For those looking to earn income on their own schedule and develop a client base, Fiverr has projects that you can apply for and the option to sell your services for a particular specialty (but note that Fiverr will take a 20% cut of all earnings). Fiverr is ideal for connecting with smaller companies that may need a one-time service and for building your portfolio while getting paid. Other solid options for freelancers include TopTal, Upwork, and Freelancer.com.
If you are looking to venture into the fast-paced world of startups, Angelist has one of the largest networks of venture capitalists and startup founders. They may not have the highest number of UX listings (49 startups posting jobs at the time of writing this article), but they list the salary as well as any equity you can expect from becoming an early employee and also how much funding each startup has received, which can be useful when comparing early-stage companies. Jobs open to remote work also receive a special classification.
8. Authentic Jobs
Described as the “leading job board for designers, developers, and creative pros,” Authentic Jobs enables you to filter between full-time, part-time, freelance, and intern design positions. Sample companies include Tuft and Needle, Vistaprint, and TaskRabbit. Since jobs don’t get posted as frequently, you may be able to check every few weeks as opposed to daily for new listings.
Coroflot had 294 open design positions in June 2021 and a whole section dedicated to remote work. Coroflot is ideal if you are looking at different design areas (industrial, interaction, graphic, product, etc.), in addition to UX/UI, or if you are open to faculty positions at a university. They also provide a design salary guide and the opportunity to apply to display your portfolio on their website for free.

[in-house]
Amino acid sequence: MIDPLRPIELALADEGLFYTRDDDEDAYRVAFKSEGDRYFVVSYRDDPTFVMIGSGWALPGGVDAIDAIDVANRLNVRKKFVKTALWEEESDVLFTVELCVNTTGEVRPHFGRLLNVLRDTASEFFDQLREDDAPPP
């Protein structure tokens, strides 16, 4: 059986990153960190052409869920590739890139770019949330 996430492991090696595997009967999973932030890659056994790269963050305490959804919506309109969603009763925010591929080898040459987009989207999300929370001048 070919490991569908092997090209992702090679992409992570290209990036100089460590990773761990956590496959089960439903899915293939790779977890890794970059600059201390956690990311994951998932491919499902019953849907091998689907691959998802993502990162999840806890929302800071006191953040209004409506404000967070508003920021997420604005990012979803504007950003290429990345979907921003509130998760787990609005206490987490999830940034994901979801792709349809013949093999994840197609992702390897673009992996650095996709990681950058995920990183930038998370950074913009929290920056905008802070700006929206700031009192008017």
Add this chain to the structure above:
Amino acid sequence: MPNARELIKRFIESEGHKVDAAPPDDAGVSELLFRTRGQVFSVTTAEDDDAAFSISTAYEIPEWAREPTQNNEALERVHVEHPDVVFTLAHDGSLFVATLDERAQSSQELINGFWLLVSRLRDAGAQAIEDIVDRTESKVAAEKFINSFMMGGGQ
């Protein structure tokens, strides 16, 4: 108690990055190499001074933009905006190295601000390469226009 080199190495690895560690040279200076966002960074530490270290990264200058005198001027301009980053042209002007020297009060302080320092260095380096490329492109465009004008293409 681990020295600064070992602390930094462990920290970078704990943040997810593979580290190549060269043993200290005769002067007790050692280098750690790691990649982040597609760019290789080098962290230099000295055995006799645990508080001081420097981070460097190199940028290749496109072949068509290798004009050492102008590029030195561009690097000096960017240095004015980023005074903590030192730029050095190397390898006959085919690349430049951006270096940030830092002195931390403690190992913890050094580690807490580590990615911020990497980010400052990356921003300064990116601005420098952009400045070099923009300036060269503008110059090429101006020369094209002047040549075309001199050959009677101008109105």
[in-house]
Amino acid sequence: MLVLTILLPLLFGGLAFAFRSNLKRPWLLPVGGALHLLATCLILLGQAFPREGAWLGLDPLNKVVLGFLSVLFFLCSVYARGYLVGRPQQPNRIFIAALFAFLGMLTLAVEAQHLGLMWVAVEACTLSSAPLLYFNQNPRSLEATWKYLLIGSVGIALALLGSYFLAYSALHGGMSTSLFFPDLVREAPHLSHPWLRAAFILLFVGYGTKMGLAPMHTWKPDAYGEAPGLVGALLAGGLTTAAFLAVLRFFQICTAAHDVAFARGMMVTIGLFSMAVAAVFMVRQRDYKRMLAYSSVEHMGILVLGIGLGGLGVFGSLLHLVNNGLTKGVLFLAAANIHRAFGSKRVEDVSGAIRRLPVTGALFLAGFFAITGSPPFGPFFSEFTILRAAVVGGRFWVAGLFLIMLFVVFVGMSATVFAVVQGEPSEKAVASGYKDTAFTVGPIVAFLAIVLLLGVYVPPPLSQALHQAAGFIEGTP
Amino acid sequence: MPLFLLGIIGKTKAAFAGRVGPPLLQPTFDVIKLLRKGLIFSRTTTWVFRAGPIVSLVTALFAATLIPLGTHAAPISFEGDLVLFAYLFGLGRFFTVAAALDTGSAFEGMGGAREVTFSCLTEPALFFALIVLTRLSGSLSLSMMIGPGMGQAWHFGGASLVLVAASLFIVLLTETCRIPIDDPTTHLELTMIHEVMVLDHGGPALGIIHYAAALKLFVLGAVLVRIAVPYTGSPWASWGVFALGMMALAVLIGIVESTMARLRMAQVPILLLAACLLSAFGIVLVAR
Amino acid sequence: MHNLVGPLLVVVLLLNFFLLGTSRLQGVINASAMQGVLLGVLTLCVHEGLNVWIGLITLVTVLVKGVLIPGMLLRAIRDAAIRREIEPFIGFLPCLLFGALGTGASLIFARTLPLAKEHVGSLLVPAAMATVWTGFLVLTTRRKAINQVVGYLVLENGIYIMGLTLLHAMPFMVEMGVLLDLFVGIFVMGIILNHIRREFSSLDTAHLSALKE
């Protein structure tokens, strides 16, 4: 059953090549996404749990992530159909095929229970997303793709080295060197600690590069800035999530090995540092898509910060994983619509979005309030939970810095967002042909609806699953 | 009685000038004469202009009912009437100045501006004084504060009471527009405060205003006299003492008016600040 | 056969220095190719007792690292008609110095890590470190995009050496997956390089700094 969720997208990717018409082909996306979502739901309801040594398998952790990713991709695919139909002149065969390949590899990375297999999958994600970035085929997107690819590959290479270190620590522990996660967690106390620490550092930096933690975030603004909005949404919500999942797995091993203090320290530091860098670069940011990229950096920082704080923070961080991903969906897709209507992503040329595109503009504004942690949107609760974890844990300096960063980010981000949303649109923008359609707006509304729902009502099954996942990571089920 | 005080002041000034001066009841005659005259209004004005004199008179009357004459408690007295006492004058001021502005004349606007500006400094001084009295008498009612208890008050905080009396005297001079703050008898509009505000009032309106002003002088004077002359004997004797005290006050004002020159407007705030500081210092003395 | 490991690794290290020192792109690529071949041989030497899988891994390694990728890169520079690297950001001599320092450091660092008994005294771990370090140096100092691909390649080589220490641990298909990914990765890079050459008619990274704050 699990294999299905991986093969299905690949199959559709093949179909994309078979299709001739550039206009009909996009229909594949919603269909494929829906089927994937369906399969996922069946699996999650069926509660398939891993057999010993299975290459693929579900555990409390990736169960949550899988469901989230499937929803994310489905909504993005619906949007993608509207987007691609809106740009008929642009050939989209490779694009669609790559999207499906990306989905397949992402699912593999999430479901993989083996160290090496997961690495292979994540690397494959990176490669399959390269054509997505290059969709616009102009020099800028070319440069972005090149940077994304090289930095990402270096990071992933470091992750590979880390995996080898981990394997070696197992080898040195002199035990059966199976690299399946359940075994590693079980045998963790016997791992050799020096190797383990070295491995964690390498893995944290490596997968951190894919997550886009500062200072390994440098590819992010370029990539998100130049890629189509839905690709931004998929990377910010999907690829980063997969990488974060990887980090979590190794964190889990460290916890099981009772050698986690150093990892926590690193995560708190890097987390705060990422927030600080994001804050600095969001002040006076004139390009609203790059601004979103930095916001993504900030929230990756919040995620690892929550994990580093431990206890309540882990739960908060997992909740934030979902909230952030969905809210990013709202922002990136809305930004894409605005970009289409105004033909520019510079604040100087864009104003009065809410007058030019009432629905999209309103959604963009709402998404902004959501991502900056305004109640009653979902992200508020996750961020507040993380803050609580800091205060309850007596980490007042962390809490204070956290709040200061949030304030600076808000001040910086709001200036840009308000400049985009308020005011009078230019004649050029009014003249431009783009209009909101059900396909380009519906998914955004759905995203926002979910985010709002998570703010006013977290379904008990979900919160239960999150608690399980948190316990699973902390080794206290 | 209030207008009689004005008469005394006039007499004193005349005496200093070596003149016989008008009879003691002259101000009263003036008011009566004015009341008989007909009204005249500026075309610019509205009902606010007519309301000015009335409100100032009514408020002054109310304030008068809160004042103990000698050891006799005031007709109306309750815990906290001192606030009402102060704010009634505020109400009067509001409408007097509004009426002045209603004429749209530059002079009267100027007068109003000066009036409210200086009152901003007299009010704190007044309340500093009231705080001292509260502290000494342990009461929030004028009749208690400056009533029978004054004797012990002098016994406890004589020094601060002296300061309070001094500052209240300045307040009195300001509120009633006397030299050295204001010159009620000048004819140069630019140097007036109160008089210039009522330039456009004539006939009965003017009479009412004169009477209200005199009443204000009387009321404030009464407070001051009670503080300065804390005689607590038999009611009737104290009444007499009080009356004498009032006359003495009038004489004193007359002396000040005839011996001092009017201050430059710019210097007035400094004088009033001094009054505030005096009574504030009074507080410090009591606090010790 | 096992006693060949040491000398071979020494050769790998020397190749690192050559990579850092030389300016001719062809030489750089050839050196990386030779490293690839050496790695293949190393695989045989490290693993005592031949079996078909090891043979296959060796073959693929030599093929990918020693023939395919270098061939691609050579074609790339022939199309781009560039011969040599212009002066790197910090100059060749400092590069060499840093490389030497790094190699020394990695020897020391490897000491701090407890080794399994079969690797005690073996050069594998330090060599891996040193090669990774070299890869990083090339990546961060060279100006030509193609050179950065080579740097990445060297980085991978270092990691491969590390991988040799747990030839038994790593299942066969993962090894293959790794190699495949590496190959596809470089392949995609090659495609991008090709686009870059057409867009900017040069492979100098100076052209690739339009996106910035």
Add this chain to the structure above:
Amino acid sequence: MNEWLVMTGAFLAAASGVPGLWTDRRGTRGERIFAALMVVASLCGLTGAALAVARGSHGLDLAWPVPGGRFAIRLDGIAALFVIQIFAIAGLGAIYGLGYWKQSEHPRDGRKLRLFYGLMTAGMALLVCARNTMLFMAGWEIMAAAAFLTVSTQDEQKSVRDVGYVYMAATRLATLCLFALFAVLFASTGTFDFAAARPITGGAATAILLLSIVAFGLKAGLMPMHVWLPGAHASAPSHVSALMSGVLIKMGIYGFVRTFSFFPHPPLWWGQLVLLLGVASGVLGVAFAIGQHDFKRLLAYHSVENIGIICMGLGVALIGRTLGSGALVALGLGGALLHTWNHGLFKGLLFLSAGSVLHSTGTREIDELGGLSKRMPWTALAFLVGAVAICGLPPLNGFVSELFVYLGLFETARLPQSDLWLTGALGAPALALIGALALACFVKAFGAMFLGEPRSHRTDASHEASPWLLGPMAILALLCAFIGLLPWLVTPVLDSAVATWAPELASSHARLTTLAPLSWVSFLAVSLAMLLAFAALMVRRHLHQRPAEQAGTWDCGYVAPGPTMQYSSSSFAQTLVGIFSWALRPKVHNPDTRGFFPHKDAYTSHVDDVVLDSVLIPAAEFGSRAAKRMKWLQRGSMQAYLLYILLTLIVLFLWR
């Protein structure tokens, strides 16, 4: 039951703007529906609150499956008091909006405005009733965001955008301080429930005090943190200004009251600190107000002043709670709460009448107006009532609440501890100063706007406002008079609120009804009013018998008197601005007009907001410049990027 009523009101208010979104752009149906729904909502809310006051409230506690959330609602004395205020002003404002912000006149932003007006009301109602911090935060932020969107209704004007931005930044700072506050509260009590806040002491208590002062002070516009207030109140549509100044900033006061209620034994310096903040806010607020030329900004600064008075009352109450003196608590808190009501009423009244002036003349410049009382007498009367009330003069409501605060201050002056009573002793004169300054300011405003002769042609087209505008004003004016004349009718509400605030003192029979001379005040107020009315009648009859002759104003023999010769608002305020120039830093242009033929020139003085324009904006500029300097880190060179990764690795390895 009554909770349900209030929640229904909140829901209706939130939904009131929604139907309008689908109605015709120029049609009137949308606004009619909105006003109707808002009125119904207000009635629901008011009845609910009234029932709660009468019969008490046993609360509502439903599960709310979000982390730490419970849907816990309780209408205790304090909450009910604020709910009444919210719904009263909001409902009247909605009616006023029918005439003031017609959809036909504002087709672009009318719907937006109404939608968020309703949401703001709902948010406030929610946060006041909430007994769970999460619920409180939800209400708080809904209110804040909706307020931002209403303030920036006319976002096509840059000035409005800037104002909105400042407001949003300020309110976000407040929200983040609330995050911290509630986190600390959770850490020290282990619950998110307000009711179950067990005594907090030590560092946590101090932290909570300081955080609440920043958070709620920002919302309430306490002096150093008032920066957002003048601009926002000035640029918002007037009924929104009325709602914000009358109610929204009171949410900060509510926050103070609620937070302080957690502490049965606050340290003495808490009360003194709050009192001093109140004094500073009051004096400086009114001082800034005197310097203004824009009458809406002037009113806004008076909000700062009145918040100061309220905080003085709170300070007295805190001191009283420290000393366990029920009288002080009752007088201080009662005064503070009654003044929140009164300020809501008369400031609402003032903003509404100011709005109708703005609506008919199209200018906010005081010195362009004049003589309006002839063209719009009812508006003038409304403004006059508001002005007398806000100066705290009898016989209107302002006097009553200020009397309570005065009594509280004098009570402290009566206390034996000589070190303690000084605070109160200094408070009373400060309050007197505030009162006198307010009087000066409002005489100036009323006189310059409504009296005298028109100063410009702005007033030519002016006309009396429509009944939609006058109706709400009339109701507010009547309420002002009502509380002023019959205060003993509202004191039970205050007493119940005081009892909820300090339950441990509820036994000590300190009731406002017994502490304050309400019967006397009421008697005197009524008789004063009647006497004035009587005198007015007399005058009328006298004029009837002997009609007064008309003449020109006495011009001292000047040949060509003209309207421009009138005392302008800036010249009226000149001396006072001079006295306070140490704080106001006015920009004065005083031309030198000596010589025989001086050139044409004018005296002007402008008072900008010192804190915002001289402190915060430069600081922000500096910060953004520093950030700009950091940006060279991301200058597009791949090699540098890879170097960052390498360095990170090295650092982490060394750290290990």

Behance is a social media platform with over 10 million members and the go-to site for the Rhode Island School of Design, Cooper-Hewitt, the National Design Museum, and many other prominent players in the design ecosystem. Often used by top design schools to exhibit student work, designers can build projects, comment on others’ craftsmanship, and join livestream presentations of design techniques, including Master Classes. As of June 2021, Behance had 2,500 openings, with 1,300 of those in the United States.
Tips for Landing a UX Job
After selecting one of the best job boards and applying to design roles, here are some additional tips to make sure your candidacy stands out.
- Network regularly. By joining different formal or informal design groups on the web or in your community, you can meet professionals and creatives. Other networking opportunities can arise from where you went to school or attended a boot camp. You should also sign up for newsletters of user experience professional associations to increase exposure.
- Ask for references. References can help you stand out, especially when coming from a fellow designer. When conducting coffee chats, make sure to ask about teams with openings and how you can connect with people closer to the hiring stage.
- Be active on social media. Many social media groups post freelance gigs for short-term projects and facilitate industry connections. Here is a list of the 15 groups every aspiring UX designer should join.
- Build your portfolio. Optimizing your portfolio is a must when preparing for a UX/UI design job (see here for some friendly tips). Ask for feedback and search online for portfolios that grab your attention. You can also consider online courses to close any skill gaps.
Ready to switch careers to UI/UX Design?
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Check out Springboard’s UI/UX Design Career Track to see if you qualify.